system after suffering under a monarchy.
"Our nations of the Third World were just
born 30 years ago. Our history has yet to go a
hundred years for us to evolve strong in-
stitutions. So don't ask too much from us too
fast. You must let us understand ourselves,
what we want to be."
Durrani has a lot more to say-about
American perceptions of his native country,
about why many Third World countries hate
the United States, about prejudice and
selfishness and hatred. I hope you'll pick up
this page tomorrow to read it.
Part Two of this interview appears
tomorrow. Witt's column normally ap-
pears on Tuesdays.
Its warm-water ports are threatened by the
Soviets in neighboring Afghanistan (that's
bad) so Pakistan is aligned with the United
States (that's good). It's governed by an
authoritarian military dictator, General
Mohammad Zia ul-Haq (bad) who is accused
of human rights violations (bad), refuses to
sign the Nuclear non-Proliferation
Agreement (bad), and may be developing
nuclear weapons (bad). Finally, President
Reagan wants to increase military and
Edited and managed by students at The University of Michigan
Vol. XCII, No. 113 420 Maynard St.
Ann Arbor, MI 48109
Editorials represent a majority opinion of the Daily's Editorial Board
Reporting on human rights
By Robert Lence
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HE REAGAN administration, with
its first evaluation of international
'human .rights conditions, had a
alpable opportunity to take a firm
stand against all human rights
violations. Instead, the ad-
ministration's report to Congress last
week offered the disappointing
message that U.S. human rights
judgments tend to fall heavier on our
foes than our friends.
Officials professed that last week's
report, covering 158 countries, was an
evenhanded examination. On certain
accounts, the report fulfilled this
promise-while communist-bloc coun-
tries predictably were condemned for
their human rights violations; coun-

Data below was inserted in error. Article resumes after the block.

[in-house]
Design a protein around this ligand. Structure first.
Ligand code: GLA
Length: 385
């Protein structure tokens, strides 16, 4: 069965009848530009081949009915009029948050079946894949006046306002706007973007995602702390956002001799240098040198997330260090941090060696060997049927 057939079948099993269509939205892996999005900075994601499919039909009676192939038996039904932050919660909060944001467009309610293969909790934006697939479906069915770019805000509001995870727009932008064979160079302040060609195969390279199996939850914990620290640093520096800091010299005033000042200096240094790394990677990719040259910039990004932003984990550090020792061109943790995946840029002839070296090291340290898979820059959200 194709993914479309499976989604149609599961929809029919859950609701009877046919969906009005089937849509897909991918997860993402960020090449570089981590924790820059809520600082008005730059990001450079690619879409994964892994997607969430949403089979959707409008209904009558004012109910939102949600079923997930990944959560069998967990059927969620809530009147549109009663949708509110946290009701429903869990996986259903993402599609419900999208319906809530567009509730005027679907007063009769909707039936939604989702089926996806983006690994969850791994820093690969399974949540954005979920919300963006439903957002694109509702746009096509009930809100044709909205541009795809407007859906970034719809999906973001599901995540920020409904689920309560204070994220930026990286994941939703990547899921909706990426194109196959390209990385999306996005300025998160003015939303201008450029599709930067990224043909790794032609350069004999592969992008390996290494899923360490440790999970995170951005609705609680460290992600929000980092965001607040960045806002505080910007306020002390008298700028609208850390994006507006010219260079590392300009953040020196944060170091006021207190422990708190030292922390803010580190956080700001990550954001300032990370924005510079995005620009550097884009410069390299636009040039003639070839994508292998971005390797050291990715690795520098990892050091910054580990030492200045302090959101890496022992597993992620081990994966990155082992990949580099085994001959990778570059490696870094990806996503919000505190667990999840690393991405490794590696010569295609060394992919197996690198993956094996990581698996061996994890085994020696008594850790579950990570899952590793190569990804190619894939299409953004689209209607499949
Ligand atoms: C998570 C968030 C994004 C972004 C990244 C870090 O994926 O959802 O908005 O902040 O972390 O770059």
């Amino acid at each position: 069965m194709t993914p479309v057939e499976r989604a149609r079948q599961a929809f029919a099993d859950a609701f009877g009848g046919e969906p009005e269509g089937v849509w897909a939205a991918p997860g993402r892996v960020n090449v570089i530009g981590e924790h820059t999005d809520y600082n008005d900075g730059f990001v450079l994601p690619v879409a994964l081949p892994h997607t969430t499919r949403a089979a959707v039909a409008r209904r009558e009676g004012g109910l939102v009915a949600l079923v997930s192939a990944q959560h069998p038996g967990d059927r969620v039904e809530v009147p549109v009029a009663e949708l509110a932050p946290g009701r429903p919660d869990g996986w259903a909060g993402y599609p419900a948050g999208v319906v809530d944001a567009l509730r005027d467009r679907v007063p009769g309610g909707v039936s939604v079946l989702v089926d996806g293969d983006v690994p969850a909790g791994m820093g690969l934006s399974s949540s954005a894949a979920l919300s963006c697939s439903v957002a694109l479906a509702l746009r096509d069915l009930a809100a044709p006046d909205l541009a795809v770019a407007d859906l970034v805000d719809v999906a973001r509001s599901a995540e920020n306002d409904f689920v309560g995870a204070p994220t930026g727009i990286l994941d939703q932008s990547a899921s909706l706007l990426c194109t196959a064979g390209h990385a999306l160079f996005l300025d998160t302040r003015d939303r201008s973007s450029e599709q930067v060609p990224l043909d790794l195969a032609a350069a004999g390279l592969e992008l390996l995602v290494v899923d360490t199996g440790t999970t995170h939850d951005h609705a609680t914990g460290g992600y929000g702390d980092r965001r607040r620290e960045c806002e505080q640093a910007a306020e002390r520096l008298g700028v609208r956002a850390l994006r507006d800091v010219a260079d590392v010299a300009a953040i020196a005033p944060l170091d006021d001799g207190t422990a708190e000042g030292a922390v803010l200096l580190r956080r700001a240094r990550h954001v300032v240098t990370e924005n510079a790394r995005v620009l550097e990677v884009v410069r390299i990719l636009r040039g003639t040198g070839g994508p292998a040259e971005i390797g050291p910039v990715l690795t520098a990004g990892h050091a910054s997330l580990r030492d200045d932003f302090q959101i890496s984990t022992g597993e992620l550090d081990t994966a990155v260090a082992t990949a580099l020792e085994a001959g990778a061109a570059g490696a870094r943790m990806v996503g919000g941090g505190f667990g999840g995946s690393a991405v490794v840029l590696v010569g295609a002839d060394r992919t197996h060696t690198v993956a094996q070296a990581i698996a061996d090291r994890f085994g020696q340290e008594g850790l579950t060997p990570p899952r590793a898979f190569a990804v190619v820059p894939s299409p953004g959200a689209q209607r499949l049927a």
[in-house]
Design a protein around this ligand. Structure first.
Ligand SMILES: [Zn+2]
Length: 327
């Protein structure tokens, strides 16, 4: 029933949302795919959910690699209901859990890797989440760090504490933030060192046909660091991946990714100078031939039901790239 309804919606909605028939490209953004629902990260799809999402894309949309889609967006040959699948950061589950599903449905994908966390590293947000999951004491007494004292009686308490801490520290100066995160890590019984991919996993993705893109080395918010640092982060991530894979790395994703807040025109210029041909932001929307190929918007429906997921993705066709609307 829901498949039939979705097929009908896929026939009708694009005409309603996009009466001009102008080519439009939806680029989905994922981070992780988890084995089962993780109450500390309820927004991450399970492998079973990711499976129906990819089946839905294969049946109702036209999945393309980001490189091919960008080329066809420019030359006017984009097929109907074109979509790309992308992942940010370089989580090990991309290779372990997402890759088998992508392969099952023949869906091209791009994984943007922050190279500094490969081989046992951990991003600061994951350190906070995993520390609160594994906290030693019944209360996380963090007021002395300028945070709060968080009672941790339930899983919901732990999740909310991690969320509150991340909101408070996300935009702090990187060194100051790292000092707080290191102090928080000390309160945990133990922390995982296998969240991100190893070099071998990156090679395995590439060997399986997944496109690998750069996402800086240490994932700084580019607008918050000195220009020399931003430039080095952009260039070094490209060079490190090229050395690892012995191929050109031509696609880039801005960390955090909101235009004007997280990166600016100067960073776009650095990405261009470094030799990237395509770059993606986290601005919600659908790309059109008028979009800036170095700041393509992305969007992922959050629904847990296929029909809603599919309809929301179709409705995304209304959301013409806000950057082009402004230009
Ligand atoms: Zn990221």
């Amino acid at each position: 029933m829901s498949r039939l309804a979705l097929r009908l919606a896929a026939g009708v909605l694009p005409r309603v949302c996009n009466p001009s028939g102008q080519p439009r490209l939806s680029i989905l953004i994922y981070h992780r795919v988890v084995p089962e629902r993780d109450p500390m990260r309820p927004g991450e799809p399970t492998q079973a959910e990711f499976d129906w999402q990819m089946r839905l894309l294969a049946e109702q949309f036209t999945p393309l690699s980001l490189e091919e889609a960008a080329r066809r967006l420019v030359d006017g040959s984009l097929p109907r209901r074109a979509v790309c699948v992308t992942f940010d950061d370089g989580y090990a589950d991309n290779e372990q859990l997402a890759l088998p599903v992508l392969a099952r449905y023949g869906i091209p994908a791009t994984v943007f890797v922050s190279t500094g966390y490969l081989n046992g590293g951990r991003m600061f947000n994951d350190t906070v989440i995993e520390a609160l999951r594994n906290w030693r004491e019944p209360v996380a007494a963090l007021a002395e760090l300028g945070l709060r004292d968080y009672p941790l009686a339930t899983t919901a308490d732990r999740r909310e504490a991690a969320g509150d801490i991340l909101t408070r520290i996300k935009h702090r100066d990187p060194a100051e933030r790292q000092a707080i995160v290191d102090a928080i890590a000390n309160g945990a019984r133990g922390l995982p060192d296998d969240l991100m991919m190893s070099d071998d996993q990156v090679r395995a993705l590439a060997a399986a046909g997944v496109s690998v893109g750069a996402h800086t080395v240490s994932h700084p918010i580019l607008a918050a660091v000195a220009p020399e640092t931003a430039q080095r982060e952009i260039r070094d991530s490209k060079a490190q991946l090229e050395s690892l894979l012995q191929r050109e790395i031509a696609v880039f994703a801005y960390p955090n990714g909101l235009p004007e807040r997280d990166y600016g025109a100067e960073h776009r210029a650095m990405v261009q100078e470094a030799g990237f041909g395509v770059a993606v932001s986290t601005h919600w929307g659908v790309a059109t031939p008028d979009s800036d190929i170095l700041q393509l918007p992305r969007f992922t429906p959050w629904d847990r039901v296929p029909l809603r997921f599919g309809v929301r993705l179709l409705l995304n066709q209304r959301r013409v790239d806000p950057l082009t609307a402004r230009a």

tries closely linked to the United
States, such as Taiwan and South
Africa, were chastised'for their poor
The report, however, failed to carry
out its admirable intentions toward
several Central and South American
countries. The Reagan administration,,
eager to renew ties to Chile and Argen-
tina, neglected to delve into these
regimes' notoriously repressive ac-
tivities. Both Chile and Argentina con-
sistently have been cited in previous
reports for imprisoning political op-
ponents. And while condemning Cen-
tral America as a whole for its
declining performance, the report
tread lightly on El Salvador, praising
its attempts to institute humanitarian
The report thus reneged on its
proclaimed readiness to. offend old
friends in pointing out violations. The
Reagan administration is further tur-
ning a blind eye toward these
violations with its human rights
testimony to Congress-testimony
necessary for increasing foreign aid.
As an example, the president has
already certified that free political
conditions in El Salvador are im-
proving. Officials even hint that
similar certifications for Chile and
Argentina are forthcoming.
Such actions by the Reagan ad-
ministration show a willingness to use
human rights as just another political
tool. The report's message to foreign
leaders is clear-it is easier to receive
a clean slate on human rights when one
is a longstanding friend of the United
States. The administration's
premature certifications also make
clear that foreign aid currently relies
on passing political, not humanitarian,
It is ironic that the report's introduc-
tion proudly states that the United
States has now "taken the lead in op-
posing . . . the double standards ap-
plied to human rights violations."
Through its biased evaluations, the
Reagan administration may only help
create a human rights double standard
all its very own.
et ting the students involved
Redirection. Vice President for Academic
Affairs Billy Frye's unveiling of the five-year
plan for the reallocation of funds within the
University holds serious consequences for the
entire University community. This is the first
time in the University's history that a plan of
this magnitude to restructure has been in-
troduced. All academic units are being
scrutinized-$20 million must be reallocated.
This means extensive cuts or even
elimination of some units to improve and
bolster others. The decisions made today will
result in a radically different educational
community in the future. It is crucial that dif-